Maulana Wahiduddin Khan I The Sunday Guardian I March 15, 2015
The literal meaning of sabr, the Arabic word for patience, is "to stop". A life of faith is a principled one. A believer lives for a certain purpose. He does not take any step as an emotionally-driven reaction. When faced with any situation, he stops and thinks about what response he should make that is in accordance with his principles and purpose in life, distinguishing this clearly from responses that militate against his principles and purpose. In this way, he exercises sabr or patience.
In other words, impatience is reflected in a hasty response to a situation, while a considered, well-thought-out response is what patience is about.
Patience is connected with every aspect of our lives. Suppose you feel overwhelmed by a certain desire. You choose not to set about fulfilling the desire as soon as it emerges. You control the desire and think about it and then do what divine law demands of you in that situation. This is exercising patience.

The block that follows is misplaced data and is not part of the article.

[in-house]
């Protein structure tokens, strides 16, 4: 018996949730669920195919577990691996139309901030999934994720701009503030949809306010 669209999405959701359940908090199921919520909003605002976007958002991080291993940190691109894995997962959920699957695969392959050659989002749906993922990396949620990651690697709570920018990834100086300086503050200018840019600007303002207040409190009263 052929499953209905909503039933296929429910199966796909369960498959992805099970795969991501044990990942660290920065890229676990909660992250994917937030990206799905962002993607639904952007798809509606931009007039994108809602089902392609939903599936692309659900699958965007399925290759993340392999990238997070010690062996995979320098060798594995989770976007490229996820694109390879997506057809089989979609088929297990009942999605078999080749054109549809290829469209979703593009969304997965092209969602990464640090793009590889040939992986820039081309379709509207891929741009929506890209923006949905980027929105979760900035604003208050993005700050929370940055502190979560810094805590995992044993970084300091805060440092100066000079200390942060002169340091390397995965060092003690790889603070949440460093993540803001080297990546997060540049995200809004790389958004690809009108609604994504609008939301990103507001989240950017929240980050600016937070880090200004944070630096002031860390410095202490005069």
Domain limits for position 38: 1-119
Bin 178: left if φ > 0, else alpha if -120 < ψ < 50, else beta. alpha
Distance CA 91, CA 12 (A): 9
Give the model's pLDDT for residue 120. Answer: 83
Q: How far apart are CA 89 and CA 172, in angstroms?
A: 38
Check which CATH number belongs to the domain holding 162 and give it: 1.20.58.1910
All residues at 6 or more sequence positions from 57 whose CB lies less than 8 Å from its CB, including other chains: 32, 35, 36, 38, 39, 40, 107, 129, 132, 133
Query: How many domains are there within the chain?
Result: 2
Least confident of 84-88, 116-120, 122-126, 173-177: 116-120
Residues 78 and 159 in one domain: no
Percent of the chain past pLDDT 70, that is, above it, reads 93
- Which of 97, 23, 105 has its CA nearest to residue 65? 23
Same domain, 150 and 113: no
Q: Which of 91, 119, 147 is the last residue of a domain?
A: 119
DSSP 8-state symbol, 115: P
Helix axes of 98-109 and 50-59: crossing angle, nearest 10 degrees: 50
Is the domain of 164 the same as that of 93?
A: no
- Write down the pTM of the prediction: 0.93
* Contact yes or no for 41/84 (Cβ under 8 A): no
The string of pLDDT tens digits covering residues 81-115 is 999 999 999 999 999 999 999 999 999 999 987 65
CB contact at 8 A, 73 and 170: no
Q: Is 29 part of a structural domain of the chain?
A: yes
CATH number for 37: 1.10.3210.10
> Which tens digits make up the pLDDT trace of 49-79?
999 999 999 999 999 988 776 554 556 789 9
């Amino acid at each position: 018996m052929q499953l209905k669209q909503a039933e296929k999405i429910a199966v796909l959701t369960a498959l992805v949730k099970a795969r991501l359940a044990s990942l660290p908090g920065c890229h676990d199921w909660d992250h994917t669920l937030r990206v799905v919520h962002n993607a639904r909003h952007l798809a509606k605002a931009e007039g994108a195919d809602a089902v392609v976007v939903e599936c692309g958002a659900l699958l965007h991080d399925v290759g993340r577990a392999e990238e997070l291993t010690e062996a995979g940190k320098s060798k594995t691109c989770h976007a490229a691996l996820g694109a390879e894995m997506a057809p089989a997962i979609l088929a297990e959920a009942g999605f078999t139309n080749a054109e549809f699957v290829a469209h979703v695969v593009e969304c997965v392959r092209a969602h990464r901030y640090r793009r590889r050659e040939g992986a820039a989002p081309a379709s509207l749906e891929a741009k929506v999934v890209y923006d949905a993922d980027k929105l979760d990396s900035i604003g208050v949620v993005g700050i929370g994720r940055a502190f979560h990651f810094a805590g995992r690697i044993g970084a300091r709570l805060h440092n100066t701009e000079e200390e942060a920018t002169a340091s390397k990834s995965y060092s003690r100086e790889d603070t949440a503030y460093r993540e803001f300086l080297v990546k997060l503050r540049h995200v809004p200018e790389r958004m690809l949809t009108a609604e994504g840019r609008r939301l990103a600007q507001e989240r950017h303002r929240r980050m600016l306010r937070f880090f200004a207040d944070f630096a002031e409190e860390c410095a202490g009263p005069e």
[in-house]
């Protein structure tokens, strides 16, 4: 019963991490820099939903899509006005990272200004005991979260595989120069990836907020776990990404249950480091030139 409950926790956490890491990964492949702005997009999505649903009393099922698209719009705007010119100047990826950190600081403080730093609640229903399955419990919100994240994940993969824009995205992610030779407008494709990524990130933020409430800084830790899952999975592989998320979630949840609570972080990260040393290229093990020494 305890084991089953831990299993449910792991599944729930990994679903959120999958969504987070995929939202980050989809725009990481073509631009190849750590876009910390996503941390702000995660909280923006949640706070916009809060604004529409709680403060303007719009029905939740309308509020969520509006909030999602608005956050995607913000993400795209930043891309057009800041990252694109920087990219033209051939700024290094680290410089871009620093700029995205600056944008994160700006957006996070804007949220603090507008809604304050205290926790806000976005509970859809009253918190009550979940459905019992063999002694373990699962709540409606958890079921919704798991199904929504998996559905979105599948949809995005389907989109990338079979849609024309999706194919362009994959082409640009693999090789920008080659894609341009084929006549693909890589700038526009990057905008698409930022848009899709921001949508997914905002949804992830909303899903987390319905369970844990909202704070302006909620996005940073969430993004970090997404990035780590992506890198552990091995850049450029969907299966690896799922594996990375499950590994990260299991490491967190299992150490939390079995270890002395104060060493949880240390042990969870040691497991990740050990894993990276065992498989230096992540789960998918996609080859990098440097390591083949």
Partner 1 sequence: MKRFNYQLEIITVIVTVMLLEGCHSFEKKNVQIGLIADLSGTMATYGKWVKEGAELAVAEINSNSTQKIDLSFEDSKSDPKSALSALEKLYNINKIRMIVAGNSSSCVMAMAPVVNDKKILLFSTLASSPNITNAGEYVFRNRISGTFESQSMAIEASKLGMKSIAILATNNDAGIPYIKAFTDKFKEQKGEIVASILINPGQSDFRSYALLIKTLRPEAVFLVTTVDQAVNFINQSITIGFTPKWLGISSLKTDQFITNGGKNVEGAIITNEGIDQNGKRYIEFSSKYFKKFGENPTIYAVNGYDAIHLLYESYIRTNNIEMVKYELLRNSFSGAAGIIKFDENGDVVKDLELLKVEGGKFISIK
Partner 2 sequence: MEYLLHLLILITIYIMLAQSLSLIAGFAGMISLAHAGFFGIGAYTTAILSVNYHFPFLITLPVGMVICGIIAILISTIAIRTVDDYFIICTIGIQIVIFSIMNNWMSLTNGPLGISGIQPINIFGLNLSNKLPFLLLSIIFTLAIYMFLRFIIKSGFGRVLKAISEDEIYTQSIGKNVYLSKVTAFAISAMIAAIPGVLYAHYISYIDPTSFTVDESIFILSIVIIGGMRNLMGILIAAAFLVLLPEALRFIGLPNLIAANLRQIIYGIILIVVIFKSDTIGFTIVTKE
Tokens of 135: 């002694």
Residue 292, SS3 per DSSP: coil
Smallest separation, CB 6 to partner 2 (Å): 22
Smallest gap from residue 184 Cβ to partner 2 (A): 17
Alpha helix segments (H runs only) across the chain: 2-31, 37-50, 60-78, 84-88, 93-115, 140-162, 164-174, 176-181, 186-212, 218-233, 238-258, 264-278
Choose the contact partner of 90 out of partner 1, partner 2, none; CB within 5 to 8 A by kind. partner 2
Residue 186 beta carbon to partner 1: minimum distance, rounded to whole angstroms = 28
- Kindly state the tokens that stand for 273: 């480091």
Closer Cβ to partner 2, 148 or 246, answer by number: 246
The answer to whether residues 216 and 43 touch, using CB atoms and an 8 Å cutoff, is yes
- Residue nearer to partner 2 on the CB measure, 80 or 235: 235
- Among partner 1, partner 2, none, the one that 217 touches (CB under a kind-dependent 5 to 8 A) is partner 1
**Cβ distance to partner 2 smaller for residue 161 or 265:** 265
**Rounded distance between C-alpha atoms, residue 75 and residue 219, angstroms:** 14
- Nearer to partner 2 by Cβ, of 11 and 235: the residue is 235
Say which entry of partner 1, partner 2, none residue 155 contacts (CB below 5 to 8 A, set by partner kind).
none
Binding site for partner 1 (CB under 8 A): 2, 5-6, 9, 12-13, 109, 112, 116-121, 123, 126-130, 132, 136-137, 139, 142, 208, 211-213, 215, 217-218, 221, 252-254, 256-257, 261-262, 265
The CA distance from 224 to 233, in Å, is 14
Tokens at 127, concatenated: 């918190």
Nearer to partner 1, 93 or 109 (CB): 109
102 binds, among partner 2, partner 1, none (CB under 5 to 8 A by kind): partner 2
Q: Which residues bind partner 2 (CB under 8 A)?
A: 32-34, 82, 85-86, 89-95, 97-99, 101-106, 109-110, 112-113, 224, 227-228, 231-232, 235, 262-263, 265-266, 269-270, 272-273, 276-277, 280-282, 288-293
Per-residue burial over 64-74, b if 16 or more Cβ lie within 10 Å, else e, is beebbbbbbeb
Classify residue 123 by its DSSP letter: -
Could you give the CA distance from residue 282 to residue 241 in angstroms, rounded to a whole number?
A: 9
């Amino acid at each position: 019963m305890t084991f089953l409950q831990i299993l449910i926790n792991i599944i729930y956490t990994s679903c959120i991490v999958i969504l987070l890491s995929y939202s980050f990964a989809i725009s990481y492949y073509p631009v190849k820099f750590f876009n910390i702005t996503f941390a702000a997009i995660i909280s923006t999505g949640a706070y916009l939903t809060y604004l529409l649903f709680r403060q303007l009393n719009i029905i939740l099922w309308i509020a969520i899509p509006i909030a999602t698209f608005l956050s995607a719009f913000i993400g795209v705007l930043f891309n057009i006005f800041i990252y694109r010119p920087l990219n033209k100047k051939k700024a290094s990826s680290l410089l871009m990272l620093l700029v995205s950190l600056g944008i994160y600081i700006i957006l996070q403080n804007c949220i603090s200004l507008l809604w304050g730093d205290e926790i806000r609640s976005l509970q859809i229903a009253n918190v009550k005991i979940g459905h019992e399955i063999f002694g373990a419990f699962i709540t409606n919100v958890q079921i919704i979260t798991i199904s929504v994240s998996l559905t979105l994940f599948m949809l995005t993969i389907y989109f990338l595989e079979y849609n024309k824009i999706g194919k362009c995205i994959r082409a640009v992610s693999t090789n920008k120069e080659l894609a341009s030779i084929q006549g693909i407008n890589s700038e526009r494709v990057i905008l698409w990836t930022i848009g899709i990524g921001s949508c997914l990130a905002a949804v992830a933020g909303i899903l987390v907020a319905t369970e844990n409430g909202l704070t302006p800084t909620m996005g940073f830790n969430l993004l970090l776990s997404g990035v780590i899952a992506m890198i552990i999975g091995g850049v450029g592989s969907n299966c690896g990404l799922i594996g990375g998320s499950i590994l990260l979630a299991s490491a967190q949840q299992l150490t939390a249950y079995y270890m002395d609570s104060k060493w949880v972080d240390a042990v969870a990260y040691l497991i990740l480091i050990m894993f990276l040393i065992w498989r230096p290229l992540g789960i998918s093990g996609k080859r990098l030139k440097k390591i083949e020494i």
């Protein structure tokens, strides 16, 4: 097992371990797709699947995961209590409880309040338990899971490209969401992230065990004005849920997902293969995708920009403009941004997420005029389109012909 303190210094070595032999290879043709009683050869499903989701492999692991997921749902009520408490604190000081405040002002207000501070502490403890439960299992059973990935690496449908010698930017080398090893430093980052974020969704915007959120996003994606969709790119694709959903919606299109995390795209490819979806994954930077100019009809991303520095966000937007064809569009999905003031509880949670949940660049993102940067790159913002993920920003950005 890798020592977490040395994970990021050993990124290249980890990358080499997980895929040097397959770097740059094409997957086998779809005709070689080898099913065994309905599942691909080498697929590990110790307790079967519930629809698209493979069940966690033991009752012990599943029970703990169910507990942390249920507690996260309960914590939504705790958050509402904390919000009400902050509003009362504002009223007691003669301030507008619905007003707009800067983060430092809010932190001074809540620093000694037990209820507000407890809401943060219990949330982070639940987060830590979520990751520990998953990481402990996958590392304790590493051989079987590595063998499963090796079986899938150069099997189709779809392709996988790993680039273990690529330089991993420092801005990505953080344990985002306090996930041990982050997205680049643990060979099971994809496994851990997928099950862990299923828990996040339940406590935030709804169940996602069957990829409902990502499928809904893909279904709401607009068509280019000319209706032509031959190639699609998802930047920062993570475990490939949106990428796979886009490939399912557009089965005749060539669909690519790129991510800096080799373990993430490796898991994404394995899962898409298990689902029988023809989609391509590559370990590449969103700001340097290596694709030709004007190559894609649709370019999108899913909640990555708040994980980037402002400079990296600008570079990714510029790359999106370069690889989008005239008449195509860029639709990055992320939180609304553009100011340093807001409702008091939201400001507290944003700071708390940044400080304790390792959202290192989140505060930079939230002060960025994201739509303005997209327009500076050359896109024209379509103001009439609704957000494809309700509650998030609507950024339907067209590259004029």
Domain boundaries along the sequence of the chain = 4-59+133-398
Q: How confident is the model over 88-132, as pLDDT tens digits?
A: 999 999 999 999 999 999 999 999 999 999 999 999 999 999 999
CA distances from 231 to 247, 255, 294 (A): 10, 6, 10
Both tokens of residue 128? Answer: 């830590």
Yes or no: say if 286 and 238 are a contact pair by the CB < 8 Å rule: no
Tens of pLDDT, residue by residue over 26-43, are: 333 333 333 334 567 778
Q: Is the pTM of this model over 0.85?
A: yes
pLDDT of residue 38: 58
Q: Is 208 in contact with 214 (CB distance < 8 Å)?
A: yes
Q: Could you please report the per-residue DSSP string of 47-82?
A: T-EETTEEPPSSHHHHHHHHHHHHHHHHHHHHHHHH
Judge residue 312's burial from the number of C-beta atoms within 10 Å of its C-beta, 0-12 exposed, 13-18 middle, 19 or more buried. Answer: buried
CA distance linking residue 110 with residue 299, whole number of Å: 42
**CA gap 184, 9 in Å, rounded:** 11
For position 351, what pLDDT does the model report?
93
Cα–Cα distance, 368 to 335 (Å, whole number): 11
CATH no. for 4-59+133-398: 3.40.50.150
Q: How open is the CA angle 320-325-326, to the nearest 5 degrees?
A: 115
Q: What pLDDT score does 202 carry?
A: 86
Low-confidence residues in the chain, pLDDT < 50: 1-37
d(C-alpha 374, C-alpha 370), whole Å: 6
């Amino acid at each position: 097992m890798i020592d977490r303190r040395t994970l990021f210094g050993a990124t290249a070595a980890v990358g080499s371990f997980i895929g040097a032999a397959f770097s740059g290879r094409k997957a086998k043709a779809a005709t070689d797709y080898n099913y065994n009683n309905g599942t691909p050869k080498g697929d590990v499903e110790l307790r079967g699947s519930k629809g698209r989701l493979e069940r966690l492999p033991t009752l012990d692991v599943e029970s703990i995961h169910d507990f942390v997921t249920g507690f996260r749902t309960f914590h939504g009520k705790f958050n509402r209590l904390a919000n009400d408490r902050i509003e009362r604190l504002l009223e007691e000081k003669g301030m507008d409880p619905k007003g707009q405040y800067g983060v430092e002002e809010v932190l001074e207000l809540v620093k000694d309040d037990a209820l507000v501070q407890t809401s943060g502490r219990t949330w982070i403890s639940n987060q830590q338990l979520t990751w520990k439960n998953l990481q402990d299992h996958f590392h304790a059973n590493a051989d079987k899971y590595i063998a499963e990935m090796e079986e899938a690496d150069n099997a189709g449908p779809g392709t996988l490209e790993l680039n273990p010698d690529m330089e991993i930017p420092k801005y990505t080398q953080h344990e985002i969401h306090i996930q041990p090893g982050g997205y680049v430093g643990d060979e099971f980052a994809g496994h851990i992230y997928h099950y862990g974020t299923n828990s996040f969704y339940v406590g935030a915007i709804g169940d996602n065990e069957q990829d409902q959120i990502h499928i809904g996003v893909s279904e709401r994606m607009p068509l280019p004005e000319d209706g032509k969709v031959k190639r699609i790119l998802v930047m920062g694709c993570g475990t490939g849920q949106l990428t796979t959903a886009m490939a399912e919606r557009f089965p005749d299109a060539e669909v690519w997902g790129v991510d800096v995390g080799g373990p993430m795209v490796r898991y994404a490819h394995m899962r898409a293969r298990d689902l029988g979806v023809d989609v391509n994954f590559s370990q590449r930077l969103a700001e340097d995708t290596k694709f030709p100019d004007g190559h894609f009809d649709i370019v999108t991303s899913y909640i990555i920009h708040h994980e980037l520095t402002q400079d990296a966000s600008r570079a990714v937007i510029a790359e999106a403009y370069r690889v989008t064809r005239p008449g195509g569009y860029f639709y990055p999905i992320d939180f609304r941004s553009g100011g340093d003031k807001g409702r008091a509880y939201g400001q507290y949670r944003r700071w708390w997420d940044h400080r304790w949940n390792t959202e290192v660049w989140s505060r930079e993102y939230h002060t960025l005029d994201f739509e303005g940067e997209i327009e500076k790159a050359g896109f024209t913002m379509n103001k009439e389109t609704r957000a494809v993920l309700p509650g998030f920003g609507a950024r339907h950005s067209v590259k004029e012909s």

Suppose someone has caused you trouble. You feel overwhelmed by the desire for revenge. But you stop yourself and then do what your faith wants you to do. This is exercising patience.
Suppose that while doing your work, you face certain hurdles. You choose not to create a furore or fight the situation. Instead, you reflect on the matter in the light of the guidance of the Quran and the Prophet's practice, and then take steps that these sources lay down for this sort of situation. You make yourself do what the Quran and the Prophet's practice want you to do, not what you might personally otherwise like. This is exercising patience.
Patience is binding on a believer, and is a major principle of his or her life. If a person lacks patience, it is open to doubt whether he has had a realisation of faith.